The Art of the Pre-Raphaelites by Elizabeth Prettejohn caught my eye the other morning as I was idly looking at the bookshelves, so I pulled it out and have started reading. It's not a catalogue or based on an exhibition, but rather a monograph, text interspersed with a lot of art. In the first chapter Prettejohn discusses the origin of the group ("Brotherhood") and makes a case for the Pre-Raphaelites as an avant-garde (which I don't totally agree with, as my impression is the avant-garde has a political element which seems missing in this case). She also, with a selection of images from contemporaneous painters, discusses how different their early style was from what else would have been showing in England at the time. To the modern eye at least, their work seems so much more lively and interesting than their contemporaries. Another focus of the book is the woman involved with the group, who, of course have gotten much less attention than Rossetti, Millais, Hunt, etc. So far I am quite enjoying it. I realized I never actually read this book. With many of the art books I have, often just looking at the images in more worthwhile than trying to read the text, but I think that is not the case here, or at least the text is worth reading as well as looking at the images. I wouldn't say I was ever a massive fan of the group, but I did buy this book (at some point, for some reason), and I am really appreciating the work I see, the compositions, the texture of the paint (in many of the early ones it seems very rough, with many brushstrokes rather than the very smooth looking surface of their contemporaries), the figures in all their occasional strangeness, as well as the attention to little details (one of the paintings (I need to look it up) is outside with the ground littered with all these leaves).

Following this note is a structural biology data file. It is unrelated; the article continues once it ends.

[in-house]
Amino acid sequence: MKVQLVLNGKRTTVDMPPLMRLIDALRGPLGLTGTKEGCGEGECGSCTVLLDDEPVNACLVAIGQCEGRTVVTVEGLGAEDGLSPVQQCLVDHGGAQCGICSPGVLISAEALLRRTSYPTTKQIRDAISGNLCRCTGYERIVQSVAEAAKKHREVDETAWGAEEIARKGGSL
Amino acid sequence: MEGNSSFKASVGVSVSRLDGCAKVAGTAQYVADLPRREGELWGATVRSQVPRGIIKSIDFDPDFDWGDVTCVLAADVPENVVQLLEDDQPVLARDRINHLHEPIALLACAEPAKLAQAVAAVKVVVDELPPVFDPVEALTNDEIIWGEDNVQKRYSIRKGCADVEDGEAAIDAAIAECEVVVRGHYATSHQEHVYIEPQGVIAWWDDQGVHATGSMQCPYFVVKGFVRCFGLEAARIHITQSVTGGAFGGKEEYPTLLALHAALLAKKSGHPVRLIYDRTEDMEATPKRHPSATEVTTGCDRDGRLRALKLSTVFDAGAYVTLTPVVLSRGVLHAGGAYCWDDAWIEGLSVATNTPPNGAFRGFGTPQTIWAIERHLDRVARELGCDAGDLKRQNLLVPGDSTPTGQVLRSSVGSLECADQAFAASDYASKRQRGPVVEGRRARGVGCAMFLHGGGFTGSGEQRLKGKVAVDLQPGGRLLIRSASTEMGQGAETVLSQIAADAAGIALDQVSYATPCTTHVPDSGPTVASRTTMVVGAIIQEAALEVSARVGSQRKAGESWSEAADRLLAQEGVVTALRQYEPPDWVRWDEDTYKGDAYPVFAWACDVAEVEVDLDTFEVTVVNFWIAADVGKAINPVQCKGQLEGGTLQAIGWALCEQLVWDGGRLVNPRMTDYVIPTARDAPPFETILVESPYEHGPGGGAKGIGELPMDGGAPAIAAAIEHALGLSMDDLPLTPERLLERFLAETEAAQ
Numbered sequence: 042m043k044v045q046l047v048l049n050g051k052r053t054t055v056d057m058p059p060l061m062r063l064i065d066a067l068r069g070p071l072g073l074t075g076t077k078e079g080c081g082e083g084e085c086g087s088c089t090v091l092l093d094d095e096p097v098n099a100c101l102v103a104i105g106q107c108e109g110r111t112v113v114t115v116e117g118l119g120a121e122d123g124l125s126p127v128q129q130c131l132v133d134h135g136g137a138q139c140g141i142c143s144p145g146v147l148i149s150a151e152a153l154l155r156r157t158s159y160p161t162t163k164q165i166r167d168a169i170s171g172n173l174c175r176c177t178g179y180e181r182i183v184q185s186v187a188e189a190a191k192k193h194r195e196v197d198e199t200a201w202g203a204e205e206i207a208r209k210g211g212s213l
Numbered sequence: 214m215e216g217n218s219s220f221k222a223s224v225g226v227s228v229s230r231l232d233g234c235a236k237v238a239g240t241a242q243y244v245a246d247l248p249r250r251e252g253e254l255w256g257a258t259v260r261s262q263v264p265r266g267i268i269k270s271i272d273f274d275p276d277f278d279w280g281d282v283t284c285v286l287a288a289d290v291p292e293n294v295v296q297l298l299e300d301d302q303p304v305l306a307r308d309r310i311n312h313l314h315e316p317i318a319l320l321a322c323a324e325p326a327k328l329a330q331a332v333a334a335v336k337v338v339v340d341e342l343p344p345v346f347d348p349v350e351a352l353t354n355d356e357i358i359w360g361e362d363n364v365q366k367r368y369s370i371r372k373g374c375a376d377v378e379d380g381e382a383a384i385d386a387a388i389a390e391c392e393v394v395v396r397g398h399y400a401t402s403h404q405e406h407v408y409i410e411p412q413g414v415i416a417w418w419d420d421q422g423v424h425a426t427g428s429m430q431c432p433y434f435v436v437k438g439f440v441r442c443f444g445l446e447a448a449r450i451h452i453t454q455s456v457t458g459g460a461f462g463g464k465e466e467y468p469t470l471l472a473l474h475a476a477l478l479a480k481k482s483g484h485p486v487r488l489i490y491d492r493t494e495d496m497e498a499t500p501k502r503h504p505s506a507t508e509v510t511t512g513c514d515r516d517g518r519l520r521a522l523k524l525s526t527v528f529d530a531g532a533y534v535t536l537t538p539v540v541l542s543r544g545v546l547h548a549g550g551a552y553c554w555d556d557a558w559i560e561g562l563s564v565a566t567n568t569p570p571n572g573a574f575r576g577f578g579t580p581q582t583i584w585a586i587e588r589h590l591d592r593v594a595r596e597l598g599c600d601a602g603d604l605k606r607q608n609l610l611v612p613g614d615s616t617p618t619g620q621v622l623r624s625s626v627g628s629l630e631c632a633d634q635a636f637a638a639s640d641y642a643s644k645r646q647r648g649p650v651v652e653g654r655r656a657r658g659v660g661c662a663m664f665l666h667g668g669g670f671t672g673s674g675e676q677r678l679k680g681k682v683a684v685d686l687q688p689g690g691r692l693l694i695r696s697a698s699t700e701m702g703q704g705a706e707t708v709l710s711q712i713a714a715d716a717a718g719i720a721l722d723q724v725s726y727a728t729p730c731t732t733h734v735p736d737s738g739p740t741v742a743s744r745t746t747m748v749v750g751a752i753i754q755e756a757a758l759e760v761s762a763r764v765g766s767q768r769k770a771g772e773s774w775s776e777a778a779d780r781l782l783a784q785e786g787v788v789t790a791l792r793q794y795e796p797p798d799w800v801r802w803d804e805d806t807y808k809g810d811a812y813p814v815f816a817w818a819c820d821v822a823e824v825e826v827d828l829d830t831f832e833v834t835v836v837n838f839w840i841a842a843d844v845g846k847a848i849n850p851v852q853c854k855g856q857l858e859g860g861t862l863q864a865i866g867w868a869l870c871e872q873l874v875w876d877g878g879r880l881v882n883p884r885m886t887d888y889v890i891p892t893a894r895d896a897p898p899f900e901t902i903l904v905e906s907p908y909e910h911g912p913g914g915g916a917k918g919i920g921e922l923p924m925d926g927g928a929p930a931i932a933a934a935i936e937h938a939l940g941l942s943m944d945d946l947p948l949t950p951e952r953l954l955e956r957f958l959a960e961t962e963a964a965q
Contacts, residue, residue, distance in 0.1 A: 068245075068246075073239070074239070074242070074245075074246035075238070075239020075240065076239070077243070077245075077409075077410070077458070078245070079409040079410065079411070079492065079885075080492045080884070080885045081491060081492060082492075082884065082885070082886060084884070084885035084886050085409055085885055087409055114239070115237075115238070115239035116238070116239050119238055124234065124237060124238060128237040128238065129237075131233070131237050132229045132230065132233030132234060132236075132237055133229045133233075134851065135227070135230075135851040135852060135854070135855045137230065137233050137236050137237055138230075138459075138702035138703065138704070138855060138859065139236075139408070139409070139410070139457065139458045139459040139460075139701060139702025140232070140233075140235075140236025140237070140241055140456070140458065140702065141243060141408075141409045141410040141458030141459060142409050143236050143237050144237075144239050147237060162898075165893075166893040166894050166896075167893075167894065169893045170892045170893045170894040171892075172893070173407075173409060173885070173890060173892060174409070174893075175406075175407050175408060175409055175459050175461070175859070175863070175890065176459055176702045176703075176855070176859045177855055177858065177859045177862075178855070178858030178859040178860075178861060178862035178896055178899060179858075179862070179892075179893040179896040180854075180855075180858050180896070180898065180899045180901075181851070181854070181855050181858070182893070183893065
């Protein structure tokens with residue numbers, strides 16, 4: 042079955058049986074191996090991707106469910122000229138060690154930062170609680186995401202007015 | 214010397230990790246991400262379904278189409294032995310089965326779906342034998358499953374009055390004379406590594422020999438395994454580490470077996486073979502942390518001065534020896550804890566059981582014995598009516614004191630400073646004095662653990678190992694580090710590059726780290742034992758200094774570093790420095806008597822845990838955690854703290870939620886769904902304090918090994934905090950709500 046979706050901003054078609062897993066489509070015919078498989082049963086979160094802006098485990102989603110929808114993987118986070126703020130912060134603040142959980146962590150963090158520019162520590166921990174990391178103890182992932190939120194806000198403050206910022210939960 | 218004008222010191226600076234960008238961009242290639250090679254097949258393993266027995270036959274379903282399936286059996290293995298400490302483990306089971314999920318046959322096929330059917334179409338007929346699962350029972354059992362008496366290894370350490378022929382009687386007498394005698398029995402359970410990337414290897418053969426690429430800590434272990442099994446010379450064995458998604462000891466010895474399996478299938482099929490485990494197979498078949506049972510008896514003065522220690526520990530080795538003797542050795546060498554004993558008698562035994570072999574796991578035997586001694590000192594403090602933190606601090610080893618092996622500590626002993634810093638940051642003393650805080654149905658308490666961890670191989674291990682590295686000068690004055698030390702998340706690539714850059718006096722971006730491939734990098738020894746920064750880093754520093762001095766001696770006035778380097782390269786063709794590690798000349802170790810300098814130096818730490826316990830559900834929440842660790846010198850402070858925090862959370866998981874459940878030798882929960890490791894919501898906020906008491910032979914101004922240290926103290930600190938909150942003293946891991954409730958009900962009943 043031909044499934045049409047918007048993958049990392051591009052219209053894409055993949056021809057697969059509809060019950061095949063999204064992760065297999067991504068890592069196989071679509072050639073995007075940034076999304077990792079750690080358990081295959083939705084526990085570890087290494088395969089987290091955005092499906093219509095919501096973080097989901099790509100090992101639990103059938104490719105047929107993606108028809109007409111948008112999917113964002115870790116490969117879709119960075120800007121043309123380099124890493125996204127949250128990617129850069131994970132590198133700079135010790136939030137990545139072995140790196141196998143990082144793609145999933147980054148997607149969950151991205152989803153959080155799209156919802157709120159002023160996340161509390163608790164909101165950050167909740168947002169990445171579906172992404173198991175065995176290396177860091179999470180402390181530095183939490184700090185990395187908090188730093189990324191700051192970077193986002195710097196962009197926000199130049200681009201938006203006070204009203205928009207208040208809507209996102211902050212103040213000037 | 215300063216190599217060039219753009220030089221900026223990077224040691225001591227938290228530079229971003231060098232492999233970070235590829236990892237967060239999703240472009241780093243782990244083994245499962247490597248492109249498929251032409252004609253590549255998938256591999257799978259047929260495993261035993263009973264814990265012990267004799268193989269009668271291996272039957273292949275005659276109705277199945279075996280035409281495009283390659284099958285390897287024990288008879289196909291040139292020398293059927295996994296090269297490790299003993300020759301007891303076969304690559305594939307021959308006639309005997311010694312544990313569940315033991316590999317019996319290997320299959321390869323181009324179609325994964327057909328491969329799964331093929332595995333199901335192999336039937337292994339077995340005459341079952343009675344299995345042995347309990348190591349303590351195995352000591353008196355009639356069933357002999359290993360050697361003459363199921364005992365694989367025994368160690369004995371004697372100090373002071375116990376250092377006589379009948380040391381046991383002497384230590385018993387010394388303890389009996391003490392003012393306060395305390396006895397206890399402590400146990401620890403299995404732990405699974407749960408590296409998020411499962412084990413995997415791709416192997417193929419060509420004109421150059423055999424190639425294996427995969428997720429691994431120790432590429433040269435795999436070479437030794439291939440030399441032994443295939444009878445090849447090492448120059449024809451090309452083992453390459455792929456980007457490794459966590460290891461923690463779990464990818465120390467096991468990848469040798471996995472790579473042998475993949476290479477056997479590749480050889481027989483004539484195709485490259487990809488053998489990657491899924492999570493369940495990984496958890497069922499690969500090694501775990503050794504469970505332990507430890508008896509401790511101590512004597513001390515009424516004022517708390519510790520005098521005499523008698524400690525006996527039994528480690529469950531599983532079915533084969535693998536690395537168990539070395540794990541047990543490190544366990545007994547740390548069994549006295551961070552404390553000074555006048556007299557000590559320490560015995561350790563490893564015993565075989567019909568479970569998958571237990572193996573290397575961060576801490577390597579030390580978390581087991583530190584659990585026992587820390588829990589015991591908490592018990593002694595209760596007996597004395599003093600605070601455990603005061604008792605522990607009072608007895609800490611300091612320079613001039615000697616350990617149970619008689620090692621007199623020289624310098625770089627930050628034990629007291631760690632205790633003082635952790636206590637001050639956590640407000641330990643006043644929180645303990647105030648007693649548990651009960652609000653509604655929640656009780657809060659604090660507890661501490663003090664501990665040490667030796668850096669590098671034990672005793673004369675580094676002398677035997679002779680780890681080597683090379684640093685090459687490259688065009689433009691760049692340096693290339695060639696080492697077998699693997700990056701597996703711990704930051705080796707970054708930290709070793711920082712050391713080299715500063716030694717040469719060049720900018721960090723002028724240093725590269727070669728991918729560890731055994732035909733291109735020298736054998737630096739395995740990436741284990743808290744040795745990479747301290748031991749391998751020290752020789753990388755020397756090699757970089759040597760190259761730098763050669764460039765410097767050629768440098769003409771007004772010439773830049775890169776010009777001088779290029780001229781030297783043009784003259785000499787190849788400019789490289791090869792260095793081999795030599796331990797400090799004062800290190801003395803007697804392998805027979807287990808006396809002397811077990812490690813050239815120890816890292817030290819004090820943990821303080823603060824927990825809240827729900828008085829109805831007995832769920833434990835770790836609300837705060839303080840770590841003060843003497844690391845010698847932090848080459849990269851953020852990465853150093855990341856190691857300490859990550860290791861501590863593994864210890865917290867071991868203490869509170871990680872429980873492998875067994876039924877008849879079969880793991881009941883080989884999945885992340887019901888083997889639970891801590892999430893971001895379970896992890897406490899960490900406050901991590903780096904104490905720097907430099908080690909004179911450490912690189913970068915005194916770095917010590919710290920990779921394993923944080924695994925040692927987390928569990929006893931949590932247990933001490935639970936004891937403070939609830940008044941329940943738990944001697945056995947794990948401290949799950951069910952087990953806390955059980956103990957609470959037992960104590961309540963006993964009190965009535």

Still reading the Caravaggio book too, which is a whole different kind of style, but no less bold and impressive. Reading the text in that book is also very helpful, both for the biographical aspects of the artist (what there is to know), but for explicating the religious iconography and narrative in so many of the painter's work. I have a passing familiarity with many of the subjects, but understanding all the details of them, and the ways Caravaggio strayed from the orthodox, requires a much greater knowledge, that the descriptions of the paintings help elucidate.
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Had two days off work and then the weekend, spent a lot of it handling things that had been on my todo list for awhile (and didn't play any video games). Set up email on my derikbadman.com domain so I can try to move away from gmail and better control my email. Trying out Fastmail which so far I like. Just forwarding from gmail for now, until I can get a lot of accounts switched over.
Also spend a long time cleaning up my computer, deleting old stuff, moving things around for better organization. Moving more stuff out of Evernote and into Joplin, another way to better control my data. Evernote had a lot of notes and images and clippings that had been in there for years which I didn't need. Not quite done yet, but I made a ton of progress. I gathered together all the notes from our D&D campaigns and shared a big zip file with everyone in case they want it.